Quitting Smoking after Cancer Treatment


"Some cancer survivors may think 'why quit now, it's too late,' but it's never too late to quit smoking."
— Mary Cooley, PhD, APRN 

Why Quitting Smoking Matters for Cancer Survivors

Many cancer survivors who smoke don't know that their habit puts them at risk for getting cancer again. This could be a return of their first cancer, or a totally new cancer. In fact, survivors who smoke may increase their risk of developing cancer even more than the average person. Fortunately, you can take control of your smoking and your health. No matter how old you are or how long you've smoked, quitting will help you live longer and healthier.

What You Can Do

 
  • Set a date. Try to pick a day to quit when you'll be less tempted to smoke. For example, if you usually smoke at work, quit on a day when you'll be home. Throw out all your cigarettes and smoking accessories: matches, lighters, and ashtrays.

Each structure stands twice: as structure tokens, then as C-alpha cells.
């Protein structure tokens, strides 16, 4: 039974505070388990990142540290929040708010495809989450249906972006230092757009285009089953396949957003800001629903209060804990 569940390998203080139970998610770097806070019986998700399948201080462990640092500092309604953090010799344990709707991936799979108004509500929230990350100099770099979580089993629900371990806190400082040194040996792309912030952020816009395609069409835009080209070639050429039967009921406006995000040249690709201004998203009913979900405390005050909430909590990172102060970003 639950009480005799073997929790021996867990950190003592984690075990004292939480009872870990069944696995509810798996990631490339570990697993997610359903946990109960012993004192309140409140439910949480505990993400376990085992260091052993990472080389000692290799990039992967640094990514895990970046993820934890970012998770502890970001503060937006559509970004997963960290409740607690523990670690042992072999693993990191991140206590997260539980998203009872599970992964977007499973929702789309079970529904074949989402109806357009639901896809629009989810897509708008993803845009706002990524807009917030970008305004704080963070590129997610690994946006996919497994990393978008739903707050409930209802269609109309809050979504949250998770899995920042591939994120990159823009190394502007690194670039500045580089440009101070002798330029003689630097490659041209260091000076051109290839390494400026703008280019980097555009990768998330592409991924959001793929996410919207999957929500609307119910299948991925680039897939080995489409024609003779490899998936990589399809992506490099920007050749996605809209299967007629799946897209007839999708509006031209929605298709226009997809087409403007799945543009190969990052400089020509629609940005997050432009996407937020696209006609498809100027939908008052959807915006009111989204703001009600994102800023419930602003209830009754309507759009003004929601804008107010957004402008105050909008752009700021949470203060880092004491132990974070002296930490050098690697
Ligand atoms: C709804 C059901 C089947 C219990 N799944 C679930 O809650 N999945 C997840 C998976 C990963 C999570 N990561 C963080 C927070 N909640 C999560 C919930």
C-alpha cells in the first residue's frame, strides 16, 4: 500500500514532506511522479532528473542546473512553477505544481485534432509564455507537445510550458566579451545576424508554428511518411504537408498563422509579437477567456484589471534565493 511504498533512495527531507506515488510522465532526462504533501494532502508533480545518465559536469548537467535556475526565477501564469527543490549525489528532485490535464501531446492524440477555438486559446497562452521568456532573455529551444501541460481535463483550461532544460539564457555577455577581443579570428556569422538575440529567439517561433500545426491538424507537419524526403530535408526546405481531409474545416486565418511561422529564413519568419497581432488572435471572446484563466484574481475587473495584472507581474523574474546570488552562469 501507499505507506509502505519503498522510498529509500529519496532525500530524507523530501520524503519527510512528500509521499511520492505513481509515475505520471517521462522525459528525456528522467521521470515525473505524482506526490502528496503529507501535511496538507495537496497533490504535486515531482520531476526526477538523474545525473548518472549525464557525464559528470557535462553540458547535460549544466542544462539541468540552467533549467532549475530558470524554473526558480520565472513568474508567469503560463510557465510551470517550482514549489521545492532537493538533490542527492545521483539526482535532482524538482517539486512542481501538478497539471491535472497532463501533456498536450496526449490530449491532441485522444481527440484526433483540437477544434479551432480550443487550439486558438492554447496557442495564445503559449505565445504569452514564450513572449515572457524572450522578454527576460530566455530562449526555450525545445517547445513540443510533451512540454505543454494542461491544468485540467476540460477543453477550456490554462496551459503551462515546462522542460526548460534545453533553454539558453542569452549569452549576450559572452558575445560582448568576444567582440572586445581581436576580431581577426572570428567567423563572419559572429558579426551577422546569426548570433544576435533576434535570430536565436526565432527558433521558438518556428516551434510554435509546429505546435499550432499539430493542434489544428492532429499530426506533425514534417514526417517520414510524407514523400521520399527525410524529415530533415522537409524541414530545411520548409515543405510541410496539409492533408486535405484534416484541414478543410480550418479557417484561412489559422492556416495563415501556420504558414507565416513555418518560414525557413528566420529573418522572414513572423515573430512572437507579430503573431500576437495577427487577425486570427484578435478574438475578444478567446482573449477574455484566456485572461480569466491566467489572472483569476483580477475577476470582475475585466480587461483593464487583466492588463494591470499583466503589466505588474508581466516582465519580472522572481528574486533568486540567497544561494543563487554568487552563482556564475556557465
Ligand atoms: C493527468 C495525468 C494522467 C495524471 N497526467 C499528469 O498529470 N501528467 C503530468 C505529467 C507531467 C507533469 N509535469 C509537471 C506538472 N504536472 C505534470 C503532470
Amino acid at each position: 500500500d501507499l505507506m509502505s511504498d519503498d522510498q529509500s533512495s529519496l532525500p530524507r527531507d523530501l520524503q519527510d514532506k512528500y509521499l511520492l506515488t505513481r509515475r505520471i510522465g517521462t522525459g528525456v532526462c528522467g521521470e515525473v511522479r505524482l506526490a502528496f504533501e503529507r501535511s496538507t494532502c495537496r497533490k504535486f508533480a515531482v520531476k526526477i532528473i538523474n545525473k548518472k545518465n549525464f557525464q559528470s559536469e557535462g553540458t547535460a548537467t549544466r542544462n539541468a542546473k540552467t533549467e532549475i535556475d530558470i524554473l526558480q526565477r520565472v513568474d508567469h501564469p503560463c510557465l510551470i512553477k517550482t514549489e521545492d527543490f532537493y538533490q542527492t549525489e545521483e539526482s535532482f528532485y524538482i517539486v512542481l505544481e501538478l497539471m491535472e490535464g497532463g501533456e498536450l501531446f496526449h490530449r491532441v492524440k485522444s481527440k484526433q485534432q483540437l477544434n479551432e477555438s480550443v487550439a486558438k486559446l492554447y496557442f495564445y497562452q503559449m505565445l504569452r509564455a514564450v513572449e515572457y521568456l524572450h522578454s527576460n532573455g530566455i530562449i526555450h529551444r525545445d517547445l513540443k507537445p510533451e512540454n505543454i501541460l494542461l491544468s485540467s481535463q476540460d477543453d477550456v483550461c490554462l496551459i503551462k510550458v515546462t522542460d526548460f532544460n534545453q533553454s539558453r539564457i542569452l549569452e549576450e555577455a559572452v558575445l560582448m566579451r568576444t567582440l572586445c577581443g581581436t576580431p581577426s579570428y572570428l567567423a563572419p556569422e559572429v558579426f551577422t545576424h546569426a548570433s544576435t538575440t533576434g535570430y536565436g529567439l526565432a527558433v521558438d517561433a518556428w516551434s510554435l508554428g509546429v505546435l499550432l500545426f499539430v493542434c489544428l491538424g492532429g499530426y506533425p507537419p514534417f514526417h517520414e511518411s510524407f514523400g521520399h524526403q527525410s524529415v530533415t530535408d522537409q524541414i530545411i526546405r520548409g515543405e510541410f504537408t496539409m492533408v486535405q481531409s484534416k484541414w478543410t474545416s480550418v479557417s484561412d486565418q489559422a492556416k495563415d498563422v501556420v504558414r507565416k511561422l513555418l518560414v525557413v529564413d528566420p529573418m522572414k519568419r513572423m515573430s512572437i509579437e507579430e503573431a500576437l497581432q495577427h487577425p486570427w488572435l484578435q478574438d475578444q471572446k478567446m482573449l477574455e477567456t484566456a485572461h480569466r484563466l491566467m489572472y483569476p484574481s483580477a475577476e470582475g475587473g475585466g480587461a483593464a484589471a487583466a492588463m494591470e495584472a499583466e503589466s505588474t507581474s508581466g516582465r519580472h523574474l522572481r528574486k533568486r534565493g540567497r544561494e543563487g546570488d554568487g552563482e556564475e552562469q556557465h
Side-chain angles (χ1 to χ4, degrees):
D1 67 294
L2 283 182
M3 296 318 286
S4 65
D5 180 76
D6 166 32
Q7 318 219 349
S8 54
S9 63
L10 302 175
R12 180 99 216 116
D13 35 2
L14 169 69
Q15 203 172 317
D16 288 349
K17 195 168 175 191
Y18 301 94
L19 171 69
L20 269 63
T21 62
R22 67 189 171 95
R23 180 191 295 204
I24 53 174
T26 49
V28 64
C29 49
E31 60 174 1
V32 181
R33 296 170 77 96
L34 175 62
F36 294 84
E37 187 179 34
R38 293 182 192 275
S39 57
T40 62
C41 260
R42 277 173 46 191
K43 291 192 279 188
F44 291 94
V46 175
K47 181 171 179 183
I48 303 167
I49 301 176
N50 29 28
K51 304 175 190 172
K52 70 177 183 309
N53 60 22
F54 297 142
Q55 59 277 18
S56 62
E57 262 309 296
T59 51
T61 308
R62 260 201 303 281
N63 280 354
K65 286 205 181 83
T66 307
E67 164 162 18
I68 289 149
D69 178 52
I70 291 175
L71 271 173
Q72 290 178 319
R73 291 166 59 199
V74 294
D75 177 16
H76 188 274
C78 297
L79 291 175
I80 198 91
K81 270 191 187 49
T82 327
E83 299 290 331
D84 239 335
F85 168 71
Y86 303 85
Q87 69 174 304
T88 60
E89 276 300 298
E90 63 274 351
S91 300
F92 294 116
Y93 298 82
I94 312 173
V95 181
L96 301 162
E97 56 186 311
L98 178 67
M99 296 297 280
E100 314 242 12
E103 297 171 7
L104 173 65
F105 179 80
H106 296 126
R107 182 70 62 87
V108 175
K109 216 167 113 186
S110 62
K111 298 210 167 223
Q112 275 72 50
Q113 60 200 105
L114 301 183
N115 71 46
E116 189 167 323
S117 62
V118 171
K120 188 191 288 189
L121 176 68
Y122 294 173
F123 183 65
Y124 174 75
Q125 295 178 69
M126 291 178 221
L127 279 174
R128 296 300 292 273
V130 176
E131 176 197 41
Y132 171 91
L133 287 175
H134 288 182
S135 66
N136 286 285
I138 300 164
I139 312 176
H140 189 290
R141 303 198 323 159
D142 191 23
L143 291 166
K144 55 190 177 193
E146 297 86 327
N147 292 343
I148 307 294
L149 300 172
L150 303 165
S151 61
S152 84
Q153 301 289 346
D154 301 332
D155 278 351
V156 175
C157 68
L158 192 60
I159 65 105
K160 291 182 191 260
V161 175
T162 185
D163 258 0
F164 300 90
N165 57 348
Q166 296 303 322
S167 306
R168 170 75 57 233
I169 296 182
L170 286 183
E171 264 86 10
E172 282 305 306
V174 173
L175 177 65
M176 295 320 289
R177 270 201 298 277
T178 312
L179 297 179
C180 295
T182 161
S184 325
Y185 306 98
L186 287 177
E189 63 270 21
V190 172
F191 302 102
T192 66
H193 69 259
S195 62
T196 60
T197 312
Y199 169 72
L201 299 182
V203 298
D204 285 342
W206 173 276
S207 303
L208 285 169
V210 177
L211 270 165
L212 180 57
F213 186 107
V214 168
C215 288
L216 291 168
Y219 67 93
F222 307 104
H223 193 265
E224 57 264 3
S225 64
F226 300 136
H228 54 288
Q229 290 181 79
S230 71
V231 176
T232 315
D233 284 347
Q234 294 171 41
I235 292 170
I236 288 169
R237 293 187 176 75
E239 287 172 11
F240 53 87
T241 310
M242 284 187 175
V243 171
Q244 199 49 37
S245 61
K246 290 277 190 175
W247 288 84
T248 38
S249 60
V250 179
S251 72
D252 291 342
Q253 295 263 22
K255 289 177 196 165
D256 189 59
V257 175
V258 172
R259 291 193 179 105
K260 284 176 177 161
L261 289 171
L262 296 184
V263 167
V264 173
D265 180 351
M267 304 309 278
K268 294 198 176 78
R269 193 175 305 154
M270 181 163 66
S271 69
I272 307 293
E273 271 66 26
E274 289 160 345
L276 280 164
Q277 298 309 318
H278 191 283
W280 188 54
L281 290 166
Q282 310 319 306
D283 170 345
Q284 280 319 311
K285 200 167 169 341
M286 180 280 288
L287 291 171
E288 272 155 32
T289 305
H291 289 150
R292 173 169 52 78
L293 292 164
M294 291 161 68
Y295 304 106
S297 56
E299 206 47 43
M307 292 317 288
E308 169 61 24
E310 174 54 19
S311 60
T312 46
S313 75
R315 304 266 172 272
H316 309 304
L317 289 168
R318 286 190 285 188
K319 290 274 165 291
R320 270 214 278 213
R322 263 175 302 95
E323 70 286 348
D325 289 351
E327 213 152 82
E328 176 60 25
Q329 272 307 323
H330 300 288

• Get support. The American Cancer Society's Quitline lets callers reach out to trained quit-smoking counselors. Find a Quitline program in your area by calling the American Cancer Society at (800) ACS-2345 ((800) 227-2345).
  • Stay strong. As a survivor, you know what it means to stay strong. Quitting takes persistence, but medications and counseling can have a dramatic impact on your ability to successfully quit smoking.
  • Utilize resources for quitting smoking and tobacco use. There are many, many resources available to help you quit smoking. Find the one that suits you and commit to doing it.

 
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